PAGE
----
Bruce From United States of America, joined May 1999, 5089 posts, RR: 13 Posted (16 years 1 week 4 hours ago) and read 862 times:
I have noticed that a lot of Eurpoean/Asian/other countries' airlines seem to like to name their jets. I have noticed that only some U.S. carriers name jets, and then those jets are usually the heavies that fly to other countries. Examples would be NW's 747s - "City of Detroit" and "City of Tokyo".
Why don't more U.S. carriers name their jets? Why is it so popular to name jets in other parts of the world?
They could name a Tower Air jet the "Hunk o' Junk"
But seriously, I think it would be good for the carriers in this country. What do you think?
Bruce Leibowitz - Jackson, MS (KJAN) - Canon 50D/100-400L IS lens
FLY777UAL From United States of America, joined May 1999, 4512 posts, RR: 3
Reply 1, posted (16 years 1 week 4 hours ago) and read 781 times:
It's good in a sense that it shows all of your "worldly" destinations, but to tell you the truth, I haven't a clue as to why they stopped naming their planes.
Almost all of the US Airlines named their planes...UA had the "Mainliner (Chicago, New York, etc.)", AA had the "Flagship (Tulsa, Dallas, etc.)" Piedmont with the "(Los Angeles, Philly, etc.) Pacemaker"...
I guess it must have been an fad in the early days of flying, and it's "out of fashion" now...?!
Kaitak From Ireland, joined Aug 1999, 13086 posts, RR: 33
Reply 2, posted (16 years 1 week 4 hours ago) and read 777 times:
I agree its a good idea, but you must remember, US airlines have big fleets - how do you think of names for 212 AA MD80s or 400 US Air Airbuses?
European airlines, almost without exeption (although AF, AY and all of the low cost carriers come to mind) name their aircraft and some have different "themes". Iberia's 747s are named after famous writers, while LH aircraft are named after cities or provinces in Germany. I think it adds a nice touch. I do like UA's idea of naming their aircraft after customers AND EMPLOYEES (PARTICULARLY) as it gives customers a loyalty incentive and employees a recognition for good work. And what better way to be recognised than having your name on a plane which will be in the fleet for 20 + years!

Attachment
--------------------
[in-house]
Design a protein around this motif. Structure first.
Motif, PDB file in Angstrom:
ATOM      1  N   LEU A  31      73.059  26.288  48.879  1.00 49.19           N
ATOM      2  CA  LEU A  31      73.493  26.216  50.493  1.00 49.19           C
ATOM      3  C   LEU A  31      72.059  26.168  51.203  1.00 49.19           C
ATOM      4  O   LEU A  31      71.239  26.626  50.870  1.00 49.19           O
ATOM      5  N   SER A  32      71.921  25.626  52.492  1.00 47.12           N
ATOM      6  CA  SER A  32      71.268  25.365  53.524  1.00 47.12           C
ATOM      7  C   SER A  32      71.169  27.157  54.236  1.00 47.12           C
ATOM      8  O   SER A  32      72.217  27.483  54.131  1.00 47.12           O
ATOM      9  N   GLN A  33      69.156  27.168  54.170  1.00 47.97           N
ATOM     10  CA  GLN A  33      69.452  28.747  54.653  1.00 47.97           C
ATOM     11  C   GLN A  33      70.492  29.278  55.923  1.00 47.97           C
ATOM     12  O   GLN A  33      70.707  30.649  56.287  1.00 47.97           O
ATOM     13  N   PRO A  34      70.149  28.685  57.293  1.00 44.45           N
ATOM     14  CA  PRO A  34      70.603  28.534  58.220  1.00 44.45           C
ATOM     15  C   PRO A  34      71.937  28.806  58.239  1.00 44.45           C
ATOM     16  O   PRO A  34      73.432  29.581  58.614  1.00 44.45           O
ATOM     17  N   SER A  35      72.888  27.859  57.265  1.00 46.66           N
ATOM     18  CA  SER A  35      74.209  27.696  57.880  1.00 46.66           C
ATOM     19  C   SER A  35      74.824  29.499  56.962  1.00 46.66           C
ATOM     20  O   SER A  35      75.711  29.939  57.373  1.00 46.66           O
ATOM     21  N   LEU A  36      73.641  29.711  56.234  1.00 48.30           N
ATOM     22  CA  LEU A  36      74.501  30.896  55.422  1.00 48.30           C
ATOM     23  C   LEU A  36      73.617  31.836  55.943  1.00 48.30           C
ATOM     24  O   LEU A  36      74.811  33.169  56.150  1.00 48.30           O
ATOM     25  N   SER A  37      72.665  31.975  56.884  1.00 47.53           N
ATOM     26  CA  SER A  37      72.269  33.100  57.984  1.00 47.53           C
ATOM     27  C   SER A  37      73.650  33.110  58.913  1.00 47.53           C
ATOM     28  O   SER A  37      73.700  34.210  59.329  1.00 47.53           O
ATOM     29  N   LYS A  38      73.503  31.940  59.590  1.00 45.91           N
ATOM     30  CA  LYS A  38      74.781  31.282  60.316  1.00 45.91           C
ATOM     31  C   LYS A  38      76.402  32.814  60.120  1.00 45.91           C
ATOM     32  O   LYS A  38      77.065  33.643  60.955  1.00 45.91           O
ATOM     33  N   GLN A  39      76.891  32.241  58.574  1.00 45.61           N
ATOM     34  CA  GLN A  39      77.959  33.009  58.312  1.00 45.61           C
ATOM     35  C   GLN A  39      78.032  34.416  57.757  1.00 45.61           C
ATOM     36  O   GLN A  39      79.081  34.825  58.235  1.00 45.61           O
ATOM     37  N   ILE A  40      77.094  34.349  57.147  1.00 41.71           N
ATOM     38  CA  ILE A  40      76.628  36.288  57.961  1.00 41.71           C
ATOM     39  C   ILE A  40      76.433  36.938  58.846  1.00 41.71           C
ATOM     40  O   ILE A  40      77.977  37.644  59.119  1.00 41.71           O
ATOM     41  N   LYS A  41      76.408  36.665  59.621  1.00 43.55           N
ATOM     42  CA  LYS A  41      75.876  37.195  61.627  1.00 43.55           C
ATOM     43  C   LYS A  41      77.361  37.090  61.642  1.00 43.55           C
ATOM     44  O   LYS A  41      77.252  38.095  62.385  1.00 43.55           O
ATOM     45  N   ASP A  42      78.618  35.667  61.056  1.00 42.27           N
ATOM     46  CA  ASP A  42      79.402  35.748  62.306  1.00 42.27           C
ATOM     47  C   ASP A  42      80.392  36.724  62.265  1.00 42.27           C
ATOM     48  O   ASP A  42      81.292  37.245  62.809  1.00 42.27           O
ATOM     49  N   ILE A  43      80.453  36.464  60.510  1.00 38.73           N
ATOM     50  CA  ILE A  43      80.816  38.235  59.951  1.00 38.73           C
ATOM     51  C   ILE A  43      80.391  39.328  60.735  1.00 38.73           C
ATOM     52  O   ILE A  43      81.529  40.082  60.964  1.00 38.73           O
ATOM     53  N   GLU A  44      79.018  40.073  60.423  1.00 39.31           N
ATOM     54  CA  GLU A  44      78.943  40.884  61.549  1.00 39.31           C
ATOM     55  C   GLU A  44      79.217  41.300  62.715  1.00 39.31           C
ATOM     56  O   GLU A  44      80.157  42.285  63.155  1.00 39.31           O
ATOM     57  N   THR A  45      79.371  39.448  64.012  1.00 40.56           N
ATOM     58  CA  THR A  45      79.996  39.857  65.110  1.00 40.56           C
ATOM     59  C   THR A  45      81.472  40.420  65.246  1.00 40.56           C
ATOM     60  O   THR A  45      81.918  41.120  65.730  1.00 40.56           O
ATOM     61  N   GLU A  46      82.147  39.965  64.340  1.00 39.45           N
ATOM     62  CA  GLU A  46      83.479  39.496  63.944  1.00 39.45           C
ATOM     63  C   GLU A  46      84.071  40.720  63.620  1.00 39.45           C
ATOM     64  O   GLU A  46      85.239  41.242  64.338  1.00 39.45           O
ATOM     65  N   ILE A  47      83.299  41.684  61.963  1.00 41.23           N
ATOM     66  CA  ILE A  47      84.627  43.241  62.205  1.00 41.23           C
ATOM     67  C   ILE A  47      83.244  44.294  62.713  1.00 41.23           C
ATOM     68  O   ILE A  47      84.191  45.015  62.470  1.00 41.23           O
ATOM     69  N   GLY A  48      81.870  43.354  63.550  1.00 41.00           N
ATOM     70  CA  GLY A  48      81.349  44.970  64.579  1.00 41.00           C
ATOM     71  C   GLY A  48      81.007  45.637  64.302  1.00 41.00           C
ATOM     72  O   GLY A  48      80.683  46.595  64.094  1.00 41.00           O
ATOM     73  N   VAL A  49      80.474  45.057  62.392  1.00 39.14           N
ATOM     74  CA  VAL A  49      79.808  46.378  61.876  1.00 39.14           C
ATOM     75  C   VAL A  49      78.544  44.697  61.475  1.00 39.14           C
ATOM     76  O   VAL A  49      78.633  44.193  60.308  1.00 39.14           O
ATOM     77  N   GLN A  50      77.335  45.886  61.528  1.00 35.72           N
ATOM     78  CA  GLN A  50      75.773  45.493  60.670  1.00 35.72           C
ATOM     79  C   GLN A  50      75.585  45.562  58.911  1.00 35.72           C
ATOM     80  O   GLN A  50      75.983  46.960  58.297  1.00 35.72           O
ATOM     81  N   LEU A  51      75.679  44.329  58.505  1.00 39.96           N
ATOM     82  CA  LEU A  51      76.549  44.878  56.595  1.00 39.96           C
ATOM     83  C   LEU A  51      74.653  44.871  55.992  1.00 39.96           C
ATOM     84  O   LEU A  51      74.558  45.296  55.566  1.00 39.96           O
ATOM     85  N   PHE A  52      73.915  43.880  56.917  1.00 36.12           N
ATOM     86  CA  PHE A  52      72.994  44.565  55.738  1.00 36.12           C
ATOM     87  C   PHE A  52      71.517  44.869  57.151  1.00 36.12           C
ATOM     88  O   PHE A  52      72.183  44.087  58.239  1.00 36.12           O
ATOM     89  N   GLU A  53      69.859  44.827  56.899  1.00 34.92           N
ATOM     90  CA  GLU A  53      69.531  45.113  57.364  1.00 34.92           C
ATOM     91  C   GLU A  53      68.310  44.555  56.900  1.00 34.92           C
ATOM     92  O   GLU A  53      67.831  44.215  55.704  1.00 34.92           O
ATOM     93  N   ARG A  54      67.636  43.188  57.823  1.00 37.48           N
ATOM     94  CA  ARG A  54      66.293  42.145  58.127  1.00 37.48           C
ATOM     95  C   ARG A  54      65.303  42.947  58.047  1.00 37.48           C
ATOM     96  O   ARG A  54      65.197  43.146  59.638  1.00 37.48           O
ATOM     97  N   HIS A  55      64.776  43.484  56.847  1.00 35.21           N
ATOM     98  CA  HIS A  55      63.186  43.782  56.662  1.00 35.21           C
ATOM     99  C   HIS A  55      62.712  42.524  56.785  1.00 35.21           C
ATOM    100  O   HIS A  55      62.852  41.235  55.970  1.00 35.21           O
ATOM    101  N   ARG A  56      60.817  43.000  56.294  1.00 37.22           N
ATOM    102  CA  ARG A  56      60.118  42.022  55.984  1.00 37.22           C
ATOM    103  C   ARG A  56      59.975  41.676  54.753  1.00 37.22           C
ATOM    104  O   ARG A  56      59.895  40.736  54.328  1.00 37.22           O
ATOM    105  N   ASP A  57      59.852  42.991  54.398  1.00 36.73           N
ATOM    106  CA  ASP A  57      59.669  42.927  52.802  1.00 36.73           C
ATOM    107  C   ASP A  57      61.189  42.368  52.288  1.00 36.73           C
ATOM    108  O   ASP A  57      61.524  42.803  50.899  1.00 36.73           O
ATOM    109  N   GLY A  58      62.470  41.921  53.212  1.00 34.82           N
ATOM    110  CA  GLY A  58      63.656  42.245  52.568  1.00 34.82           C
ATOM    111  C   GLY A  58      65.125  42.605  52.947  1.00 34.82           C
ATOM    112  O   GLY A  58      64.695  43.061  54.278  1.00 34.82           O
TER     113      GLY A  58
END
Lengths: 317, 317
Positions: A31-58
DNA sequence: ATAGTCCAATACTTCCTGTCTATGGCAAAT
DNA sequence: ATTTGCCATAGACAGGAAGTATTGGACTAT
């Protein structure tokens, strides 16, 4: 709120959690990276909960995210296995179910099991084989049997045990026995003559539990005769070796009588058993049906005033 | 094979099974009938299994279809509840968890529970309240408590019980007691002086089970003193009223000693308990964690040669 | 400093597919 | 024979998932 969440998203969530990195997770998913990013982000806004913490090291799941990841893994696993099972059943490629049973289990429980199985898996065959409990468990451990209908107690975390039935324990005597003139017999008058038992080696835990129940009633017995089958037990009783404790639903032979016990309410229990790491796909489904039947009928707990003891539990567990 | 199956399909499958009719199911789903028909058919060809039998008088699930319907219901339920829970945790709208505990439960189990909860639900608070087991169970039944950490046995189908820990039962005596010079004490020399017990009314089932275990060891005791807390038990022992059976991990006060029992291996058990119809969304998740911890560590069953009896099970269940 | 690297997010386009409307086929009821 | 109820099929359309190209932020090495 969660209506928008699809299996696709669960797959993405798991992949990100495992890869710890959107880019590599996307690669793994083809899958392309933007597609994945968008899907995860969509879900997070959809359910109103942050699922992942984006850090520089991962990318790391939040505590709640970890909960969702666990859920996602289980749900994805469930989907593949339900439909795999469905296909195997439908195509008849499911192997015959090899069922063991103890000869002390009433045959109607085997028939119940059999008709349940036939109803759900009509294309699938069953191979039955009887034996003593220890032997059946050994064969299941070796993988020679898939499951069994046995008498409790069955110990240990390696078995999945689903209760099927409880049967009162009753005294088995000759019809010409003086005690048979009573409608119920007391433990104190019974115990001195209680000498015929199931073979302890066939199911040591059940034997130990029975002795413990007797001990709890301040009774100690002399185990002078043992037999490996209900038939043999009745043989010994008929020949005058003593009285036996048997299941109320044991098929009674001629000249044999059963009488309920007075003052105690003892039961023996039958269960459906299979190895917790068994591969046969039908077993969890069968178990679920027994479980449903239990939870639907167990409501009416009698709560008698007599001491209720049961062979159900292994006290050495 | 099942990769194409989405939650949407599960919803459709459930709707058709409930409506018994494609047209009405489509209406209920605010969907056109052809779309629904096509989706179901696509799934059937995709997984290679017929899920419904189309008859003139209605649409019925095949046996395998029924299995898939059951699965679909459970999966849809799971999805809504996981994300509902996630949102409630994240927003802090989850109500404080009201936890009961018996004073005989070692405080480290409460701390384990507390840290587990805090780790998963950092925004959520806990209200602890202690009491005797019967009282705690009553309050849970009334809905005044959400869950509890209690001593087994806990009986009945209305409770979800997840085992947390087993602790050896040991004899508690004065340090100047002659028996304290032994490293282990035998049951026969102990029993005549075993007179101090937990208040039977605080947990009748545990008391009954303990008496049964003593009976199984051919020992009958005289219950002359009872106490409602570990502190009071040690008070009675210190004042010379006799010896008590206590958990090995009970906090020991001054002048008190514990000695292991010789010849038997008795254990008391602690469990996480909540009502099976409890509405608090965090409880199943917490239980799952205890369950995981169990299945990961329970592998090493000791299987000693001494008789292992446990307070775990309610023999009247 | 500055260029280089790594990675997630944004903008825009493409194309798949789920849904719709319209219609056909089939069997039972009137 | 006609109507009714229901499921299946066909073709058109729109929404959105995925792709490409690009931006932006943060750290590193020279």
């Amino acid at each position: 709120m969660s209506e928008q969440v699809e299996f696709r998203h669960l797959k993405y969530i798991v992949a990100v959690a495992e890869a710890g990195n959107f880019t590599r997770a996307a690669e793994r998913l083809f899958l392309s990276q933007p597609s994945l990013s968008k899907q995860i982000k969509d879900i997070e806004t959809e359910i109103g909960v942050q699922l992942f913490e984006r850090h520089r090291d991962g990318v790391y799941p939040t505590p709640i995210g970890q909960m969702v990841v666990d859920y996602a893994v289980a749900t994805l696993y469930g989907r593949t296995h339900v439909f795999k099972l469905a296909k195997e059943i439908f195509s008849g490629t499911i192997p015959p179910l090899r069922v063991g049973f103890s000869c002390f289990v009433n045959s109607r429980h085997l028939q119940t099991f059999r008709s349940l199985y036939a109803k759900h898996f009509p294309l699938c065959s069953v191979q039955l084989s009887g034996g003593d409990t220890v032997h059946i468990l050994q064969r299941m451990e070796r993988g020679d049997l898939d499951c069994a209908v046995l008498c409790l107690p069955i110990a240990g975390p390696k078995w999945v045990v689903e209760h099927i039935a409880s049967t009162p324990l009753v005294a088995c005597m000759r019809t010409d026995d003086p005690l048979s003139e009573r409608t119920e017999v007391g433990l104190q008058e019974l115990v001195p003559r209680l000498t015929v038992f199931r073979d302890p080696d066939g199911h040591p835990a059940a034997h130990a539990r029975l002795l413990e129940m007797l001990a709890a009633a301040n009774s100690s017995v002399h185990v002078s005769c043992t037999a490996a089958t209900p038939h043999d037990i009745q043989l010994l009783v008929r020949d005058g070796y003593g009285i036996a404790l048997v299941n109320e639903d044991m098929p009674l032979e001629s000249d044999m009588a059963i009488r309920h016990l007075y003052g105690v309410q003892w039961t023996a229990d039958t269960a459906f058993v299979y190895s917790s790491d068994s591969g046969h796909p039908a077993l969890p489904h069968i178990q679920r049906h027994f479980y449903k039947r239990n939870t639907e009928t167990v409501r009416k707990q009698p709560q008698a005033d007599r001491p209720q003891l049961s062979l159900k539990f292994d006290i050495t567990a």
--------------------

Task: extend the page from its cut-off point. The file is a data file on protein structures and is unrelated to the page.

Awaramper From United States of America, joined Nov 1999, 118 posts, RR: 0
Reply 3, posted (16 years 1 week 4 hours ago) and read 777 times:
Southwest has named a few of their 737's. I see one called the "Spirit Of Kittyhawk" a few times a week at SMF. A lot of people don't know that Horizon Air, out of SEA, has named all of their Dash8's. FedEx is another company that has started to name some of their planes. From what I have heard, FedEx actually uses employees childrens names. Can anyone at FedEx back that up? But I agree, more carriers should name their planes. It would be interesting to see the different names the companys would come up with.
Bruce From United States of America, joined May 1999, 5089 posts, RR: 13
Reply 5, posted (16 years 1 week 3 hours ago) and read 773 times:
Certainly they'd want to name planes after their headquarter city or something that the city is well known for. Doesn't Delta already have "Spirit of Atlanta"?
Continental could go with "City of Newark" and "Houston", which on their jets that go overseas would be great publicity for those cities.